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Conjunction of Jupiter and Saturn, dubbed 'Christmas Star,' visible tonight – Times Colonist



EDMONTON — A rare celestial event is making an already unique holiday season even more unusual, as what’s been dubbed the “Christmas Star” is set to appear over Canada on Monday evening, brighter than it’s been in nearly eight centuries.

It’s not really a star at all — it’s a convergence of Jupiter and Saturn — but because of their close proximity they will appear to the naked eye to be one, single bright star.

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For the last few weeks, the two planets have appeared nearer and nearer in the night sky, and will be at their closest on Dec. 21, appearing above the southwest horizon shortly after sunset.

“It’s a sense of anticipation, which of course, is what Christmas is all about, that waiting. And here we’re waiting for those planets to almost merge in the sky,” said astronomer and physicist Brian Martin, a professor emeritus at King’s University, a Christian institution in Edmonton.

“It captures the sense of what it’s like to be waiting for the birth of Christ and to celebrate that on the 25th of December.”

Every year around this time, Stephen Jeans, who teaches earth and space science at Ambrose University, another Christian institution in Calgary, delivers a “Star of Bethlehem” lecture for the Canadian Scientific and Christian Affiliation, a fellowship of Christian scientists.

The lecture, which isn’t being held this year due to COVID-19, focuses on the star that the Magi, or the Three Wise Men, followed to Bethlehem, and what astronomical event it possibly could have been.

There’s some who speculate it was a comet, but Jeans said those are typically bad omens, so he suggests it may have been a conjunction of planets similar to what’s on display now.

“The nice thing about this is it can be seen across the country at the same time,” Jeans explained.

“You’re going to have the opportunity to see the same event that all your friends and relatives will see: a really large double planet that looks like the Christmas star.”

The last time there was such a convergence of Jupiter and Saturn was in the 17th Century, but it wasn’t visible at night. You have to go back to March 4, 1226, that the conjunction was seen by people.

Martin notes that in 2 BCE, there was a conjunction between Jupiter and Regulus, the brightest star in the constellation Leo, which the Magi may have been following.

Jupiter was the Roman god of sky and thunder while Leo, the lion, is king of the beasts.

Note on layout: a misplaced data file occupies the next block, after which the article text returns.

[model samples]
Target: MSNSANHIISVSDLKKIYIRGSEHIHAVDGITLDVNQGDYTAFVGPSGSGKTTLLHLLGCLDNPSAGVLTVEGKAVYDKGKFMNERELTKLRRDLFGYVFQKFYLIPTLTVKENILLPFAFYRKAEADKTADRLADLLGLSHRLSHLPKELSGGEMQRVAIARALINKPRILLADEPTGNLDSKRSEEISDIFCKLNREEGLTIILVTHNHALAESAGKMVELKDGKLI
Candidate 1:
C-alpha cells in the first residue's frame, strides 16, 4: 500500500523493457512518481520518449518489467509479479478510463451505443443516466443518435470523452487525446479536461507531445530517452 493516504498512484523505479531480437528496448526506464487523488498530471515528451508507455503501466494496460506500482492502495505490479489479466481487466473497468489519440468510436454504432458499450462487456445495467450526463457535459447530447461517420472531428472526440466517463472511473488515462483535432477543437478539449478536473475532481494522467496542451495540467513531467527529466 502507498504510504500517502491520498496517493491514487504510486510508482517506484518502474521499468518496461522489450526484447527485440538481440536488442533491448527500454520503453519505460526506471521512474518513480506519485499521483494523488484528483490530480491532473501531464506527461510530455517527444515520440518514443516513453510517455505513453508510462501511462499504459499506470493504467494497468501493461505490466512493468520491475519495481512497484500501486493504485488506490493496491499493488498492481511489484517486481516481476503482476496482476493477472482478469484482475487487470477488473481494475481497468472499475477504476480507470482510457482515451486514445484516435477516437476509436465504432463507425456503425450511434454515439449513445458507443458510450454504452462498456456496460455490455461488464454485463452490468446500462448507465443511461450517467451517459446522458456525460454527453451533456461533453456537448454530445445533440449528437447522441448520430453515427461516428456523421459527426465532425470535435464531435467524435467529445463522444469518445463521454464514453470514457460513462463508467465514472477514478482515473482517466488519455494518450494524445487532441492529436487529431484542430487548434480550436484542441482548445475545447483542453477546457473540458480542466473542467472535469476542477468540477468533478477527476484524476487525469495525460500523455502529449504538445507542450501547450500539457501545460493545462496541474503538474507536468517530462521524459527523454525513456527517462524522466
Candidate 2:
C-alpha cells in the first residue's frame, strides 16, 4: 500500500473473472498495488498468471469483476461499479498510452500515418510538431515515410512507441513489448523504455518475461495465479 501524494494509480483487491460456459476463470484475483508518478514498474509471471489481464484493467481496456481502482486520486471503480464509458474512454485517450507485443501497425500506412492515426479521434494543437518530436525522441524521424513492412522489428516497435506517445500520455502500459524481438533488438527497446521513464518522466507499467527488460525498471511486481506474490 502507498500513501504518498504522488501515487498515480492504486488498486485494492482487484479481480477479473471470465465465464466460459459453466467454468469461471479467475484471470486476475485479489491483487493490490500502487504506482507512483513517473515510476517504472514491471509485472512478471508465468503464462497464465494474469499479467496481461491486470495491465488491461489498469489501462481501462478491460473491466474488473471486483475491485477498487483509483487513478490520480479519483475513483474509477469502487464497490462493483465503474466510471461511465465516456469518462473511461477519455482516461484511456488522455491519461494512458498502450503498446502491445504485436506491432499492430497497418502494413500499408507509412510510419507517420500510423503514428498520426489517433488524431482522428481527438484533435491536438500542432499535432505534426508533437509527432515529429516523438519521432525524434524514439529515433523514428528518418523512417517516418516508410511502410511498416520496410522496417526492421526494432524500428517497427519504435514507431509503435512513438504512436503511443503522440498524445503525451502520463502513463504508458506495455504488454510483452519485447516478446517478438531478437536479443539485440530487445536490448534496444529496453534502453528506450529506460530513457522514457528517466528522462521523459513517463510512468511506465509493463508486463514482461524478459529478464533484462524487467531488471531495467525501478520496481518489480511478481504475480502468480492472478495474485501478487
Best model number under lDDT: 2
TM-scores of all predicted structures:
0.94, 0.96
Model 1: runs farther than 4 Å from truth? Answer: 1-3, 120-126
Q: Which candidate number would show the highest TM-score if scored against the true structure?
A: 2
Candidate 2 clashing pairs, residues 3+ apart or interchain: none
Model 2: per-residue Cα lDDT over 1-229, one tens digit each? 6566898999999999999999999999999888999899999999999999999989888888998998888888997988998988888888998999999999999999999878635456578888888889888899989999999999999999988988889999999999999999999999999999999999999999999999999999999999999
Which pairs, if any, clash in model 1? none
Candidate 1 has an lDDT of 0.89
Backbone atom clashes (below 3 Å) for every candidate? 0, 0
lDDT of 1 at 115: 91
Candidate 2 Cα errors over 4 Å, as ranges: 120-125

“If you saw the king of the gods circling around the king star, Regulus, in the constellation Leo, that would get your attention of you were an astrologer,” Martin said.

“It’s kind of interesting that we have this wonderful conjunction right now in one of the darkest Christmases we’ve experienced, and just before the birth of Christ there was this amazing conjunction of three kings, in a sense bowing before one another.”

Stargazers typically gather in groups at observatories or with backyard telescopes for such events, but that won’t be happening this year due to COVID-19.

There’s also the chance the conjunction won’t be visible because of the weather. Clouds, heavy snow, or rain are in the forecast for many Canadian cities. The planets will still be visible on Tuesday night, but by then they will be moving apart.

Jeans said to look south between where the moon is visible and the sun just set. He said if you bring your cellphone, you can call friends and family and look at it at the same time.

“It only lasts about an hour and then the ‘Christmas Star’ will follow the sun and set itself in the west.”

This report by The Canadian Press was first published Dec. 21, 2020.

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First baby tyrannosaur fossils discovered in Alberta, Montana –



Researchers have discovered the first baby tyrannosaur fossils in Alberta and Montana. 

Experts say the fossils are a rare discovery, as little is known about young tyrannosaurs and their development, according to a study published in the Canadian Journal of Earth Sciences on Monday. 

The study, led by Greg Funston, was based on two fossils: a small toe claw found in Morrin, Alta., and a small, lower jawbone found in Montana. 

Tyrannosaurs have been well-researched but fossils from tyrannosaur eggs or embryos have never been found — until now. 

“What this does is give us a starting point that we didn’t have,” said Mark Powers, a University of Alberta PhD student and second author on the study.